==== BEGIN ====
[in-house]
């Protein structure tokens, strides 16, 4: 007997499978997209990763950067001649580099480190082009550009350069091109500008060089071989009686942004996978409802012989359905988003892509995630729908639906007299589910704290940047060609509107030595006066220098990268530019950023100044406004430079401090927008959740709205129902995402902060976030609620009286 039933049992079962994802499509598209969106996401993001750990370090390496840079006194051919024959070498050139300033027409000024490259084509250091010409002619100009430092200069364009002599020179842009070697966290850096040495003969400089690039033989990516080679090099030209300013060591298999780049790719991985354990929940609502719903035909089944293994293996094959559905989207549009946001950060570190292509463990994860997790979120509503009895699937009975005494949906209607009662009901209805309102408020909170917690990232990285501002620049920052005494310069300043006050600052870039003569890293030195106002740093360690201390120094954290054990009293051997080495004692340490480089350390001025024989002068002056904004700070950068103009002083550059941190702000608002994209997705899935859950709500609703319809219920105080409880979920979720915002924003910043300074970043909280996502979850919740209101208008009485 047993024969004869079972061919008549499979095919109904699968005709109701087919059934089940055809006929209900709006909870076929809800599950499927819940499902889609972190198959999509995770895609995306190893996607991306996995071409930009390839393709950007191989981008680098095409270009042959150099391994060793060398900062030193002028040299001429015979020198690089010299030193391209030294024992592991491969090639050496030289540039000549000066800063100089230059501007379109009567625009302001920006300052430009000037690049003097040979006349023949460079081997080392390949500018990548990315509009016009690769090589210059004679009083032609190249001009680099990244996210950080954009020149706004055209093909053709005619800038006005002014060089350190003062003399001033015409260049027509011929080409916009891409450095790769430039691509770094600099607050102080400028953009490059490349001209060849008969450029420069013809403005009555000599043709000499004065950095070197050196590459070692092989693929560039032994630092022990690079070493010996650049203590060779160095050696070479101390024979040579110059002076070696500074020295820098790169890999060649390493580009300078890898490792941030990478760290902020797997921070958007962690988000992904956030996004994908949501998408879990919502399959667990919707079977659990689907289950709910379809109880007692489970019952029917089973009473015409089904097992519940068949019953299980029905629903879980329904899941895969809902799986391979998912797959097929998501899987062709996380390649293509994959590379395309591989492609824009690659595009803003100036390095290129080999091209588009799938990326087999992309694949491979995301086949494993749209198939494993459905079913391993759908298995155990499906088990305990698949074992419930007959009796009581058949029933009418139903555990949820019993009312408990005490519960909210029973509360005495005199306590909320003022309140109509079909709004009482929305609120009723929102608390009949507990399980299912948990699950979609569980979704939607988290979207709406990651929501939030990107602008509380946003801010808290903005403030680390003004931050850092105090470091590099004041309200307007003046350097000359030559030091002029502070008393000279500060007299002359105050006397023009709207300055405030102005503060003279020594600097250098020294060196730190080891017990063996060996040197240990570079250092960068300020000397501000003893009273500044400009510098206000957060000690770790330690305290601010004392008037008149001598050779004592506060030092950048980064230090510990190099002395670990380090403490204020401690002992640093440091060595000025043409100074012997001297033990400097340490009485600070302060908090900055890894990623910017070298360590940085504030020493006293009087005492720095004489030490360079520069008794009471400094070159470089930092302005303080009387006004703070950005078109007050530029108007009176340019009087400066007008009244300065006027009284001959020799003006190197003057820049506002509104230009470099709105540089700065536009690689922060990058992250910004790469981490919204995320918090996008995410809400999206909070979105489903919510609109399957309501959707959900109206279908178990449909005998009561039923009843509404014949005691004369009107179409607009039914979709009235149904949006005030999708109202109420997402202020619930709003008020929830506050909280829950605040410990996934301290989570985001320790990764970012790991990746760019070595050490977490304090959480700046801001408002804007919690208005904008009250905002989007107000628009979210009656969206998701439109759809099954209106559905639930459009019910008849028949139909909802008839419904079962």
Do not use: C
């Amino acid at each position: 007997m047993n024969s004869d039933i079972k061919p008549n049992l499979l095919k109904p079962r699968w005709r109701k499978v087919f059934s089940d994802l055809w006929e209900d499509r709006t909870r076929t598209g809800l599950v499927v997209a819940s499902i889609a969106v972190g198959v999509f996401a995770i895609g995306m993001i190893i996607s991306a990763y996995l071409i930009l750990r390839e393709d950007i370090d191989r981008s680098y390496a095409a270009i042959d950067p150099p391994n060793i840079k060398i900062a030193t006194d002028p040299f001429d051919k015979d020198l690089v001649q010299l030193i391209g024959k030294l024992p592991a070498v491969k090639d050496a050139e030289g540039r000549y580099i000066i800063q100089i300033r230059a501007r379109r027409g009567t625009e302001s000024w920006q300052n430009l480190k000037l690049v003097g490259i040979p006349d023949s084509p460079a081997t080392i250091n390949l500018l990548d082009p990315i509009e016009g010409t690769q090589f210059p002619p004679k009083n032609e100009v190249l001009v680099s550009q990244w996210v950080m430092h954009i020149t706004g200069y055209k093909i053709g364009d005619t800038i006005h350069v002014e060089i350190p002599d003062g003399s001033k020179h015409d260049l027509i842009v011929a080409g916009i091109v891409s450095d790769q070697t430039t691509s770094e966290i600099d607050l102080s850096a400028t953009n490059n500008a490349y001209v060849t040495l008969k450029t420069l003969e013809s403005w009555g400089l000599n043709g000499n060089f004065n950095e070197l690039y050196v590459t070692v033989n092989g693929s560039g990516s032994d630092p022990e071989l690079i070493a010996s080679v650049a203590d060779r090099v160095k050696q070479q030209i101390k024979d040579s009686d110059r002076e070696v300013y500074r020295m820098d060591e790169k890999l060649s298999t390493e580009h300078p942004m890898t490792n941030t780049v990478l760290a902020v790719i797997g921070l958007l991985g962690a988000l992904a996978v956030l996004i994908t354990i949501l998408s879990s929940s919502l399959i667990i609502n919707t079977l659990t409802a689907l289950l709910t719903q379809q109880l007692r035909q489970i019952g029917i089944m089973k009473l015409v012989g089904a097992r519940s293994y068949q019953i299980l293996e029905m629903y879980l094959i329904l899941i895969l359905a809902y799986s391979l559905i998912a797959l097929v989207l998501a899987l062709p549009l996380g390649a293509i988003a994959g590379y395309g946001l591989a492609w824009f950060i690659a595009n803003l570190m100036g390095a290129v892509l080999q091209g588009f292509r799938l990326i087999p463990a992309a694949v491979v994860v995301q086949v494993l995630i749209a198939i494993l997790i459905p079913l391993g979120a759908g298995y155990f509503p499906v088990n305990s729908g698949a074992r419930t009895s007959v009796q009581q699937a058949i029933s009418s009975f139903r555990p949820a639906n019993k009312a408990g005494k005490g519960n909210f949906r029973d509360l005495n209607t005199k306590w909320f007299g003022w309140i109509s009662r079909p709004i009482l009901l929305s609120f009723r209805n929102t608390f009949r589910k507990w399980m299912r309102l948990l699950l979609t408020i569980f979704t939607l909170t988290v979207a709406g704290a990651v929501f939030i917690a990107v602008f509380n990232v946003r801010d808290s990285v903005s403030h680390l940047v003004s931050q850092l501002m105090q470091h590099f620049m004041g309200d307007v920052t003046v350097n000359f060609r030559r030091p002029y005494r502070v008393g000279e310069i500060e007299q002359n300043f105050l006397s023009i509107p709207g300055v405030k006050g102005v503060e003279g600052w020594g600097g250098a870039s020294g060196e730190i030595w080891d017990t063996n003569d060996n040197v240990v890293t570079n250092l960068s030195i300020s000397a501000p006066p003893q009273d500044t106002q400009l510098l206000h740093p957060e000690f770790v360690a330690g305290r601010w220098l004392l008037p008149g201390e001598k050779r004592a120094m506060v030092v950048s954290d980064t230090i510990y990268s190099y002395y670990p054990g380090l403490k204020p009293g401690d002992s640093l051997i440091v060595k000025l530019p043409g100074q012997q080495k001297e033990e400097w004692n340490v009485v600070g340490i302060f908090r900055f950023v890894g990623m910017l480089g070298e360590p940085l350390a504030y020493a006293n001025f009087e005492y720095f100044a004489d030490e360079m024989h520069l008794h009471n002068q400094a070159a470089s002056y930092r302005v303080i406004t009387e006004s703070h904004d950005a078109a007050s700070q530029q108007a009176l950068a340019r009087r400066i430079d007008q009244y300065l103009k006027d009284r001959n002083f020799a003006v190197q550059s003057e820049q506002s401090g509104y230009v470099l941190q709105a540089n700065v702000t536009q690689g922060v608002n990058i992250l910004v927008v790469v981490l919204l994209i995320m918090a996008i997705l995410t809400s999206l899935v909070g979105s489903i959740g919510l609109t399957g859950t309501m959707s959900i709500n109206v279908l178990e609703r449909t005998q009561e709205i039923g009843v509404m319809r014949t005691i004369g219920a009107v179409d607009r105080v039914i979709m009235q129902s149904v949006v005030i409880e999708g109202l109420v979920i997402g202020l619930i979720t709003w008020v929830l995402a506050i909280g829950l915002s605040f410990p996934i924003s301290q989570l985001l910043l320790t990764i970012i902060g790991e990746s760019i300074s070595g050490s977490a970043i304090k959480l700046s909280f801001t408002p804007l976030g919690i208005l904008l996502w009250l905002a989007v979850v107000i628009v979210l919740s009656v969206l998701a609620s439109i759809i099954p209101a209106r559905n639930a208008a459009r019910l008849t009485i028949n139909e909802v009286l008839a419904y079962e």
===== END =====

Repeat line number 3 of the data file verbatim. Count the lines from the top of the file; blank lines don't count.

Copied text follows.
Do not use: C